To find out about life in the Haredi world, check out the pashkvilim (wall posters) in Jerusalem or Bnei Brak. There will be one protesting any trend potentially threatening to the haredi way of life. But if the religious Zionist community interests you, go to your local synagogue on Friday afternoon and pick up a few alonim (brochures). Shabbat be-Shabbato, produced by Machon Tzomet and the Histadrut Hapoel Hamizrachi (no time to explain why Israel needed a religious labor union), has been around since the early ’80s. Other early ones include Torah Tidbits, put out by the Orthodox Union’s Israel Center, and Chabad’s “Sichat Hashavua” (lit. weekly discussion).
In recent years the alonim have become an industry. Publishers recognize this successful, inexpensive way of marketing to a relatively affluent community. There are alonim geared toward children, women, Daf Hayomi students, and others. Most have have some kind of political or social agenda.
They all discuss the weekly Torah portion, usually in light of whatever agenda they are pushing, and contain columns on the topics of the day.
The onslaught of the alonim has caused several problems. First, people tend to read them in the middle of prayers or speeches. Second, most are chock full of ads, and reading the ads may not be permissible on the Sabbath. This issue, of course, is not new, as it applies to all newspapers.
The third, most serious, concern is that they cause headaches for the religious councils operating genizot. According to Jewish law, holy books and papers may not simply be thrown away; they are collected and buried in what is known as a genizah. The massive Cairo Genizah, discovered in an Egyptian synagogue, was the source of several centuries worth of historical documents which contributed greatly to our understanding of medieval Jewish life in Egypt.
A genizah was manageable in the days when books were scarce. Since we now print and photocopy freely, collecting the material and finding space in cemeteries for the genizot has become more challenging. The tens of thousands of copies of alonim, all of which have kedusha (holy status) and cannot be thrown away, have simply overrun the genizot. I read that up to 90% of the genizot now contain alonim. In our town, funding for genizot was cancelled and a sign requests a donation for depositing the material at a box near the local synagogue.
I confess that we contribute to the problem; my children come home each week with as many as a dozen alonim.
One of the biggest, running about 12 pages, is called Maayanei Hayeshua. Maayanei Hayeshua is an outreach organization based in Jerusalem. In it Rabbi Shlomo Aviner writes engagingly about many different topics including dating, serving in the army, and Torah study. The alon contains a section for women, often including an interview of a female personality from the community. One subject was a young and successful shadchanit, an expert at making matches. Others were the founder of Binyan Shalem, an organization devoted to strengthening the family in the religious Zionist community and Shoshana Hayman, founder of the Life Center promoting attachment parenting in Israel.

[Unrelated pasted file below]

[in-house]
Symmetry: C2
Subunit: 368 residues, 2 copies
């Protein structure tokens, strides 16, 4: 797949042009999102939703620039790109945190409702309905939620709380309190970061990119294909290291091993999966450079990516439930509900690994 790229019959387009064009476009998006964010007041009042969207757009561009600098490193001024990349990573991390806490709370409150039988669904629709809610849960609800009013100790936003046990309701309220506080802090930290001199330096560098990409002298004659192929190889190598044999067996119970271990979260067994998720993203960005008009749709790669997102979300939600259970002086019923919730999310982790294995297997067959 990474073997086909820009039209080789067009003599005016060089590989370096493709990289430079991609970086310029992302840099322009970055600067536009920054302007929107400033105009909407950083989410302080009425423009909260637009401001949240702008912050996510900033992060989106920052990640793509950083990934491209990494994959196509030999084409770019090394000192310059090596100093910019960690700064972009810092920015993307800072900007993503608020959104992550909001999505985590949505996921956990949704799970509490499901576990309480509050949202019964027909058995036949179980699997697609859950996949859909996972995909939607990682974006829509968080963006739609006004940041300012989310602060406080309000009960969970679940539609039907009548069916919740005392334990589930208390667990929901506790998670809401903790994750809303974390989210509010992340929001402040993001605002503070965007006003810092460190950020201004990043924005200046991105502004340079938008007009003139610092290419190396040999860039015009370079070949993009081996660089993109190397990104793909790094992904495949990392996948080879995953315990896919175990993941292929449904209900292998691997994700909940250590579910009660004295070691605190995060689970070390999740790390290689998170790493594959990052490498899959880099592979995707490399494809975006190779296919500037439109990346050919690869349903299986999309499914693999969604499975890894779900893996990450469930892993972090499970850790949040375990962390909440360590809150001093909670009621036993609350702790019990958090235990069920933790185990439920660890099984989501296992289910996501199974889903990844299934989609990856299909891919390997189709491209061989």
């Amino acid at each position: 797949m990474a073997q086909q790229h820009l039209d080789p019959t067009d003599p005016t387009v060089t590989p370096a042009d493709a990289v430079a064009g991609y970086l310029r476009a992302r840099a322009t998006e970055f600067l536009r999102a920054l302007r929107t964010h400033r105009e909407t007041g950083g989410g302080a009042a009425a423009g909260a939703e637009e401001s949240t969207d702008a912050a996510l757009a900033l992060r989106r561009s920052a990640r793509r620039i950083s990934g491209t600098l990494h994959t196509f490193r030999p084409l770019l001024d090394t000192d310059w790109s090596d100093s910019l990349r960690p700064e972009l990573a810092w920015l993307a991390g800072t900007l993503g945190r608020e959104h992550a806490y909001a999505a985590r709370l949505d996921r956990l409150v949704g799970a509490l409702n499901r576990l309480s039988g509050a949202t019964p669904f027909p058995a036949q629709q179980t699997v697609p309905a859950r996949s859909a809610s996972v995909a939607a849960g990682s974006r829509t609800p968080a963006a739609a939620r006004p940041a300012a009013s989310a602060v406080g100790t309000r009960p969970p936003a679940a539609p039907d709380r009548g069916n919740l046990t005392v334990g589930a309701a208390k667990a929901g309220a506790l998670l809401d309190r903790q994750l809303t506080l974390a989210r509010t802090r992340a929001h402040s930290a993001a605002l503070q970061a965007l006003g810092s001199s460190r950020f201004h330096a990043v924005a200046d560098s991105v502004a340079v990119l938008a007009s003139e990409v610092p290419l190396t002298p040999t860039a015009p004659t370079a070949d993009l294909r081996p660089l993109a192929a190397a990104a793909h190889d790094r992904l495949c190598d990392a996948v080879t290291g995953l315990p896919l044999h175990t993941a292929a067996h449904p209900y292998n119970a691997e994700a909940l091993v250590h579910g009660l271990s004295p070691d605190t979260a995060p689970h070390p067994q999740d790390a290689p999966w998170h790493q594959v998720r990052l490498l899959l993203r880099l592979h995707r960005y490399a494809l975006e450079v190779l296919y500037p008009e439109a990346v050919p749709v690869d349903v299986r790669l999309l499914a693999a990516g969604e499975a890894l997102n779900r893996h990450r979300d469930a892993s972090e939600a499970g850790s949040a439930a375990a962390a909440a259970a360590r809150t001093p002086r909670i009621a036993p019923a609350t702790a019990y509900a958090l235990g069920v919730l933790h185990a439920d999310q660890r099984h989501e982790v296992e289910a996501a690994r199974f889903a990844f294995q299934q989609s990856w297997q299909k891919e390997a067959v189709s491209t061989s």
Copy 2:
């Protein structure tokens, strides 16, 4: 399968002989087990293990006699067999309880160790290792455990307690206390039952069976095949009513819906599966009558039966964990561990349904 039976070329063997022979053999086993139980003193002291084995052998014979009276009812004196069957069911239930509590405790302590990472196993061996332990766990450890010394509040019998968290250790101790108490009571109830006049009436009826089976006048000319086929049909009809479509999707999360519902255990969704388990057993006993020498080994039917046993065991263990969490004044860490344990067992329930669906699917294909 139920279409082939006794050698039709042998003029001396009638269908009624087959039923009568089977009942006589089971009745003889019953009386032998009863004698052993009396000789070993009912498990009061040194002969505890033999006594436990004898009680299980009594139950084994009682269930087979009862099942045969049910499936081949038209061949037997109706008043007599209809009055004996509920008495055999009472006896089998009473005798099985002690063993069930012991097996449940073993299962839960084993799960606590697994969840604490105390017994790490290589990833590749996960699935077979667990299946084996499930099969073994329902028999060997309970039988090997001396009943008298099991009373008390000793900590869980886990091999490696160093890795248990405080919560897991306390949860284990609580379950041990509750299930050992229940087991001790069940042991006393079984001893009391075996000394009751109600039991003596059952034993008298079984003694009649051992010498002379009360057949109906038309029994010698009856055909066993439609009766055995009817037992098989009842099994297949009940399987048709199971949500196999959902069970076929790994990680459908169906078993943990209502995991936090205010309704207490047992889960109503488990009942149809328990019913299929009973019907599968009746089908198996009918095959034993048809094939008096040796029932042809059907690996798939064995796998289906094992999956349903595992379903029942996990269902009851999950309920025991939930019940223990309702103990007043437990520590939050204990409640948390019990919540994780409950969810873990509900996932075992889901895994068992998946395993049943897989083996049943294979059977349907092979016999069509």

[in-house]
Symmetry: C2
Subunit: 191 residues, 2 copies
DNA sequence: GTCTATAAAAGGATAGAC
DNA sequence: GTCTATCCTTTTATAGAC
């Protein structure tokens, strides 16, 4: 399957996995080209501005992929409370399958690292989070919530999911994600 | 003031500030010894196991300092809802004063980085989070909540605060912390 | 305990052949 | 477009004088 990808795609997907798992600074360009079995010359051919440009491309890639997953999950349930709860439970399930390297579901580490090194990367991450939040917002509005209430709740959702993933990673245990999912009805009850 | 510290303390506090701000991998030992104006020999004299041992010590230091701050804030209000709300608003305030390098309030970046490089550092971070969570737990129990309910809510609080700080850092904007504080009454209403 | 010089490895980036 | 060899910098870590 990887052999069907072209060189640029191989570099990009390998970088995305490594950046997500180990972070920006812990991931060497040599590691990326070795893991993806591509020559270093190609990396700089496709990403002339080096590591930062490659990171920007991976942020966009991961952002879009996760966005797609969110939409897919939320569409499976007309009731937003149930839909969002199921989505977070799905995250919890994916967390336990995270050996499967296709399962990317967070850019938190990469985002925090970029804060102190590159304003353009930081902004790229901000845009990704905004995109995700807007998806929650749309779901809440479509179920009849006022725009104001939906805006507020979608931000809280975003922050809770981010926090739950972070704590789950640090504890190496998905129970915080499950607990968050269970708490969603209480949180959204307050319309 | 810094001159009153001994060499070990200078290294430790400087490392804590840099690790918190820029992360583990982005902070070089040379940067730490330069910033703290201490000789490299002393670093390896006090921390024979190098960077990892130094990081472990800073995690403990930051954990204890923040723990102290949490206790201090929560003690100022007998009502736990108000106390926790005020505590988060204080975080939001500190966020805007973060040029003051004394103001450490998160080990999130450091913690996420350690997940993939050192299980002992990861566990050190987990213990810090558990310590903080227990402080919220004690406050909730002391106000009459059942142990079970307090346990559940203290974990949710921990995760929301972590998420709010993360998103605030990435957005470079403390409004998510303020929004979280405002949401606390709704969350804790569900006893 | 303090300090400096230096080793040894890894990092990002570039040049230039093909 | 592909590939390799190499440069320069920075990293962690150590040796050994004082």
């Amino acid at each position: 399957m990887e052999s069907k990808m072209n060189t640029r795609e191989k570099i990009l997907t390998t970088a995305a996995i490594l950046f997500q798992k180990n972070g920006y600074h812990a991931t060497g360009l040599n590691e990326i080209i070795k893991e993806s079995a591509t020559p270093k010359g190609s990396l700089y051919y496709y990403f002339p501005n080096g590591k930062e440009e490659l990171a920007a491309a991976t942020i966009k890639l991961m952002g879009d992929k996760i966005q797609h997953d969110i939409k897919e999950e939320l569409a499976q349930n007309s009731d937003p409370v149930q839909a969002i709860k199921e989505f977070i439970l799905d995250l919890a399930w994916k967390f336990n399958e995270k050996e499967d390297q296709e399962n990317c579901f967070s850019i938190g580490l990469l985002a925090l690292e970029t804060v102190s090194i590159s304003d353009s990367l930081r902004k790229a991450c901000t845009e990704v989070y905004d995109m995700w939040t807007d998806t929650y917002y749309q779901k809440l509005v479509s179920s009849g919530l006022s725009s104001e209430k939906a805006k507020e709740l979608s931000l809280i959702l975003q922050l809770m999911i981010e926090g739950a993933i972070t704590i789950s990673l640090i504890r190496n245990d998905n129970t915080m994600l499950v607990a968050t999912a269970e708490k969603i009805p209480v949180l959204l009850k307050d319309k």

A relative newcomer, Argaman (royal purple), was obviously founded in order to target female consumers. Occasionally we also find Kolech (your feminine voice), produced by the forum for religious women, with its feminist agenda. Argaman is more mainstream. Besides Shoshana Hayman’s regular column, my favoriteis called “Mother-in-Law’s Corner.” Initially it consisted of overheard diatribes by daughters-in-law about how their husband’s mothers favored their daughters over their daughters-in-law. For example: “When I was sick and needed a babysitter she was too busy, but when my sister-in-law wanted to go overseas my mother-in-law ran over with ready-made meals. When we visit, she gets the bigger room and we have to sleep in a hole.” It took a few weeks before I was certain that the author didn’t approve of this kind of carping.
I always wanted to ask whether these daughters-in-law noticed the same kind of treatment by their own mothers. Did it bother them if their mothers babysat more for their children than for their brothers’? I now like tease my kids about the unequal treatment my sons and daughters should expect a few years down the road, when God willing they will visit with their own families.
I also enjoy Olam Katan (small world), geared toward teenagers through young adults. I don’t think it’s published by any particular organization, but it has a clear right-wing ideological bent. It annoyed us a few weeks ago by publishing several articles extolling the virtues of religious zionist yeshivot ketanot, high schools with very limited secular studies (i.e. no bagrut/matriculation certificate). My husband thinks that some people in our community hope that the graduates of these institutions will be more likely to become gedolei hador, great rabbis of the next generation. He doesn’t think it will work. To be fair, that issue also contained an opinion stressing the importance of secular education for rabbis.
I thought that being a religious Zionist is more than just teaching our children to respect Zionism and the State of Israel. I thought it means raising them to be able to be part of both the secular world and the world of Torah, not to limit cross off many options at the age of 12 or 14 when they are too young to know where their interests and talents lie. I want my children to be able to contribute to Israel’s society and culture, and support their own families.
This post was inspired by an alon that collected several rabbinic opinions about the going on three weeks long high school teachers’ strike, but as you can see I got sidetracked. Let’s hope the strike ends before I get to post about it.